Sunday, August 18, 2013

Slab Sunday: Blue Louise Quartzite

Blue Louise quartzite is quarried in Brazil.

It's hard to find a more dramatic stone than Blue Louise.  Even if you wouldn't ever use this in your own home I think most people will agree it's absolutely stunning.  It's stones like these that just take my breath away...especially when you really stop and consider it comes from the earth.
Photo: Stone Fabricators
Blue Louise is often sold commercially as a granite but technically it is a quartzite.
Quartzite holds up much better in kitchens than marbles do because they aren't calcium based stones, quartzite is composed of silica.  Silica does not react to acids like calcium does, so you won't get the etching that occurs with marble.
All this being said, quartzite is more porous than granite though.  This is why I would prefer that slab yards label the stones as what they actually are.  Customers need to know exactly how the stone will behave.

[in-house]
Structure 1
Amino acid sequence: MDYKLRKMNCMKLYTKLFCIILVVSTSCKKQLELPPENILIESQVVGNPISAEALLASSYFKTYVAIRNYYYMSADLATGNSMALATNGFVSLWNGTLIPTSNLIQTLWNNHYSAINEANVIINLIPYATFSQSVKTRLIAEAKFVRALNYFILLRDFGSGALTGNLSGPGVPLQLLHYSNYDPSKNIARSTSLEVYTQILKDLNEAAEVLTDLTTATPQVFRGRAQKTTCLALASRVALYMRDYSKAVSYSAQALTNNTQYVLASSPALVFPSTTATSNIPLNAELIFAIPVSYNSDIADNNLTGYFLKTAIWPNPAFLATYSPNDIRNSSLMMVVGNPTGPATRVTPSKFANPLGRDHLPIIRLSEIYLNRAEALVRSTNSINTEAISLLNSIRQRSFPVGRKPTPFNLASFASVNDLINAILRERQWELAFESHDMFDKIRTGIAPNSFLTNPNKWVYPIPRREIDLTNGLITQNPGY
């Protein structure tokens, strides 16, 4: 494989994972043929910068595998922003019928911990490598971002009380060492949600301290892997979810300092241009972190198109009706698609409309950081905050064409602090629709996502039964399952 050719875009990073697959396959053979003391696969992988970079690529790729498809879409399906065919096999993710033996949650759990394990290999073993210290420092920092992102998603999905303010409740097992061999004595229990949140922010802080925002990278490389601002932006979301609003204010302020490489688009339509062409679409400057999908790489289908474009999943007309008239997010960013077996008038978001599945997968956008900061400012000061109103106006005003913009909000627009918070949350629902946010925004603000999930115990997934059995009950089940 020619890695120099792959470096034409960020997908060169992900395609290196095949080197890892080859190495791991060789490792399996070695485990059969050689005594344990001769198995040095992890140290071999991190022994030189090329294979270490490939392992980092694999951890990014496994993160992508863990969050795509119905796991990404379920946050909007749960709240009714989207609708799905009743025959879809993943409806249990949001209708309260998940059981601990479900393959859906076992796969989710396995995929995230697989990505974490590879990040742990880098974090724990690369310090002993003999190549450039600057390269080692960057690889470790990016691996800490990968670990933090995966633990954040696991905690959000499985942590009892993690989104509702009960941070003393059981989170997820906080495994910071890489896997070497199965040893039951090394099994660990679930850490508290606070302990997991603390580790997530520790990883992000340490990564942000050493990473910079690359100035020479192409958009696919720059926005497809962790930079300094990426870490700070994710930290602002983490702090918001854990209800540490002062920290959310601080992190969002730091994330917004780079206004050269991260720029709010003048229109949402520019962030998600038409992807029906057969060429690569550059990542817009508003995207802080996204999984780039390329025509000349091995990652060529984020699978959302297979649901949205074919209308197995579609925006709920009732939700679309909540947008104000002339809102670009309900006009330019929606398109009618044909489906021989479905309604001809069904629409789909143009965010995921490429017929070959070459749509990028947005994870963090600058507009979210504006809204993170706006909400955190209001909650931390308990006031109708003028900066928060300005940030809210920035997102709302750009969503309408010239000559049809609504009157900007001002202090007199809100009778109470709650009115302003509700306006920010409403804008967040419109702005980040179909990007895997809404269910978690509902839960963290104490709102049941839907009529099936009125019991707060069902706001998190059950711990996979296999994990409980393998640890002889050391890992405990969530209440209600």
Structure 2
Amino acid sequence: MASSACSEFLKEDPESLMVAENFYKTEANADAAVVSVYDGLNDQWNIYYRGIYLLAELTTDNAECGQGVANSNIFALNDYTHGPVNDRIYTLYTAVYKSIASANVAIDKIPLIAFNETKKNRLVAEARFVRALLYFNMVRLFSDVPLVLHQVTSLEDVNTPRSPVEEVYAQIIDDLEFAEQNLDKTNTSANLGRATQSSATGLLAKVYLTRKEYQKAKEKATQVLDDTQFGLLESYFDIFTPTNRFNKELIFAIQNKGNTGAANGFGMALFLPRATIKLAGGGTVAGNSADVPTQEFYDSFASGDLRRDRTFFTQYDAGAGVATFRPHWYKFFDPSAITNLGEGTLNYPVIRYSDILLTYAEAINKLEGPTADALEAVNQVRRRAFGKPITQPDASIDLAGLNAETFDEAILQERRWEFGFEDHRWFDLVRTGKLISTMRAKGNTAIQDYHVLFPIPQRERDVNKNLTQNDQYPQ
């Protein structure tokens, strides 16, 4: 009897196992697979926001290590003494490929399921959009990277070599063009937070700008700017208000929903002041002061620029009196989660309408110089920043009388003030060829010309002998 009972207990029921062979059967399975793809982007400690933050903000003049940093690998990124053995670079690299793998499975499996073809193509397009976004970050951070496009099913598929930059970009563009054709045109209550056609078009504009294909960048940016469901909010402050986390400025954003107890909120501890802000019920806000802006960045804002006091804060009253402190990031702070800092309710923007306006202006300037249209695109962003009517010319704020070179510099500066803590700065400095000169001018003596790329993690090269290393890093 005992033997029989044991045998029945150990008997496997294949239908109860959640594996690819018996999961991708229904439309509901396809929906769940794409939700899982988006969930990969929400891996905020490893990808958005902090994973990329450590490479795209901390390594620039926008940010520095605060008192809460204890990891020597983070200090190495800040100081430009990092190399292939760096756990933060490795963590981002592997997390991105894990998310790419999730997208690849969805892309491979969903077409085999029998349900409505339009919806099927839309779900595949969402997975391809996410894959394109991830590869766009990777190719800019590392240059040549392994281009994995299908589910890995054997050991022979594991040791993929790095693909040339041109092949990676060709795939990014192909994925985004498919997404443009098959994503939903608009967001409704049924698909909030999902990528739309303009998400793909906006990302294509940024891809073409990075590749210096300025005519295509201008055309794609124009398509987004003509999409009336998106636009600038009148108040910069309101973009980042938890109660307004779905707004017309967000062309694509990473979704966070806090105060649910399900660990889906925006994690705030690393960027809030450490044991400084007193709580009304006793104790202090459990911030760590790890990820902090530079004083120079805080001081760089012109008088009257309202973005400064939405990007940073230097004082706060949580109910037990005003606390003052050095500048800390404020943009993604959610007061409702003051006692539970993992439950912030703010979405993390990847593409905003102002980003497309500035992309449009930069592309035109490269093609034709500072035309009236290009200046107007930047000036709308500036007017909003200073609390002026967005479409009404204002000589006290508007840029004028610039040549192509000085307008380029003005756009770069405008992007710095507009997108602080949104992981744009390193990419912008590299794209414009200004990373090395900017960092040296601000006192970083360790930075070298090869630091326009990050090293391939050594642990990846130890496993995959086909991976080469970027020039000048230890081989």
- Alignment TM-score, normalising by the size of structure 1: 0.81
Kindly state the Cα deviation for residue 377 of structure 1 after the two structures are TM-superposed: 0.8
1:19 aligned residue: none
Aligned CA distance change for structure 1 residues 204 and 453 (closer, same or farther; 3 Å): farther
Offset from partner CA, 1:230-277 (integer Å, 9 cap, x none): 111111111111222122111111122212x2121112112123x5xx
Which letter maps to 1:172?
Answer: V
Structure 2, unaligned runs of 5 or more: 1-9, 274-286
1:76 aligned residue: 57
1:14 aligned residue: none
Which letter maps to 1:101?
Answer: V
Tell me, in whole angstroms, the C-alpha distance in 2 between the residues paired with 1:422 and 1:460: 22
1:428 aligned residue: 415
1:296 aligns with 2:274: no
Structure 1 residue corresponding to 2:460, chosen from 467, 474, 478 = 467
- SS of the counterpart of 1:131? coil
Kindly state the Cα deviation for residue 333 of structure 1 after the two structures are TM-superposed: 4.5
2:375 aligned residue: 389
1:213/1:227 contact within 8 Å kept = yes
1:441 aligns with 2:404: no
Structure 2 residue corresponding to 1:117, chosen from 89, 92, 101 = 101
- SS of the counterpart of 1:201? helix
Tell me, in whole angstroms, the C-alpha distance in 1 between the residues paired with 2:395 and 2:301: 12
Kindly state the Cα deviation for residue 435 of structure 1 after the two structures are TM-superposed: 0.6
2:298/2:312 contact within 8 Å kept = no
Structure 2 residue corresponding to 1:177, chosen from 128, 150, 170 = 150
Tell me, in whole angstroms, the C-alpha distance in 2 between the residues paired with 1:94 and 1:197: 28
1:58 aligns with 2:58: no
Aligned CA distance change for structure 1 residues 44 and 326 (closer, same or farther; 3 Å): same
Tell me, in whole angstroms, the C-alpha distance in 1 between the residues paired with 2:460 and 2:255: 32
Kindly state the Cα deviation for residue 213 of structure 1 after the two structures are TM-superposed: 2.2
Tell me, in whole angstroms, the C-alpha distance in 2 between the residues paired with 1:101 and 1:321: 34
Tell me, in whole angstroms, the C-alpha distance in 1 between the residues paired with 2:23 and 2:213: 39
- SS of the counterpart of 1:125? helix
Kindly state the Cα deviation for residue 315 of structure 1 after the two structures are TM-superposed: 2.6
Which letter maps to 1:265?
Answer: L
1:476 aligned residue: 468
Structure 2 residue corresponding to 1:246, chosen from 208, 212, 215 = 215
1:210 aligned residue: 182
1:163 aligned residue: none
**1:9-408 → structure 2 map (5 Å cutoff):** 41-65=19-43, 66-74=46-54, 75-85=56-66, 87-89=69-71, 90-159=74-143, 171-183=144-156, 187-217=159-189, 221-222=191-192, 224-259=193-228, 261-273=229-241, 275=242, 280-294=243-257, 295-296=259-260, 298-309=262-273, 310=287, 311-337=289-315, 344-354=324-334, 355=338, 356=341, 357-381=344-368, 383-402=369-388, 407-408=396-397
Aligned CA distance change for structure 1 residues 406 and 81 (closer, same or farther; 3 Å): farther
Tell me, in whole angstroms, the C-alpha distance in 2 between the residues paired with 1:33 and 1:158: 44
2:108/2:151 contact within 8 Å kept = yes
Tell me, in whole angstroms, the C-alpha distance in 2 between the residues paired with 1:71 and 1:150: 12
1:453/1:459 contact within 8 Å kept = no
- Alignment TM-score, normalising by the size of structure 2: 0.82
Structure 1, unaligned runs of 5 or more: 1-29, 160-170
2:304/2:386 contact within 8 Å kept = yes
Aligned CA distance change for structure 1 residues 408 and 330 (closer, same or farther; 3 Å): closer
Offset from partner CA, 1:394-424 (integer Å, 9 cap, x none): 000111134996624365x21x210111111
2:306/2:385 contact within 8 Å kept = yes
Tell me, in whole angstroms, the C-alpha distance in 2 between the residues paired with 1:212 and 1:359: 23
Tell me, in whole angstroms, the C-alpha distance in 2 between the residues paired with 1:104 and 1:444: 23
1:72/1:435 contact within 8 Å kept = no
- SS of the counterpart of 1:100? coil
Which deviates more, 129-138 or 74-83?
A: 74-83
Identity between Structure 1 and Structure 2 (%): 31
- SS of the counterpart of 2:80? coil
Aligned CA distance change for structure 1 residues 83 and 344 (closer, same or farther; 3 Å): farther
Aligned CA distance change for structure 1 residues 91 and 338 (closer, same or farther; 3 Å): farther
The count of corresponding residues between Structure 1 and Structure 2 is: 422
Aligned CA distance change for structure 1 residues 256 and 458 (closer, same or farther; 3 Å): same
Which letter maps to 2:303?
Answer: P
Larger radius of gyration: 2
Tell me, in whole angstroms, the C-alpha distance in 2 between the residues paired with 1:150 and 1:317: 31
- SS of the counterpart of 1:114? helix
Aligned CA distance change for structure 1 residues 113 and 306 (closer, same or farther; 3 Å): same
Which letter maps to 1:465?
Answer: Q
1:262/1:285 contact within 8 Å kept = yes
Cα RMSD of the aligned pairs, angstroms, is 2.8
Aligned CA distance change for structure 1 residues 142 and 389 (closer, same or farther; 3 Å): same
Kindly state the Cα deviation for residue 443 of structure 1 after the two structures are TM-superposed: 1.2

Quartzites are still a great choice for a kitchen.  They will stain easier than granite, but I personally haven't come across a stain that we couldn't get out.
Photo: krailler

Photo: Smithdesigns

 Blue Louise can change dramatically in color and pattern from bundle to bundle, and even quite a bit from slab to slab within a bundle.  So be sure to select your exact slabs!  This material is so expensive that you want to make sure it's exactly what you want.

Photo: The Stone Cobblers
Photo: Precision Marble & Granite
Blue Louise is a lot to look at.  My advice is to make sure that your cabinets, flooring and everything else in the room are kept very simple.  The kitchen below is a perfect example of how this stone should be used.

Other names for Blue Louise include: Van Gogh, Azul Portofino, Luisa Blue, Blue Louisa, Blue Louise, Blue Luise, Louis Blue, Louisa Blue, Louise Blue and Luis Blue.
Photo: Smithdesigns
Blue Louise is available in 2 cm and 3 cm slabs. 

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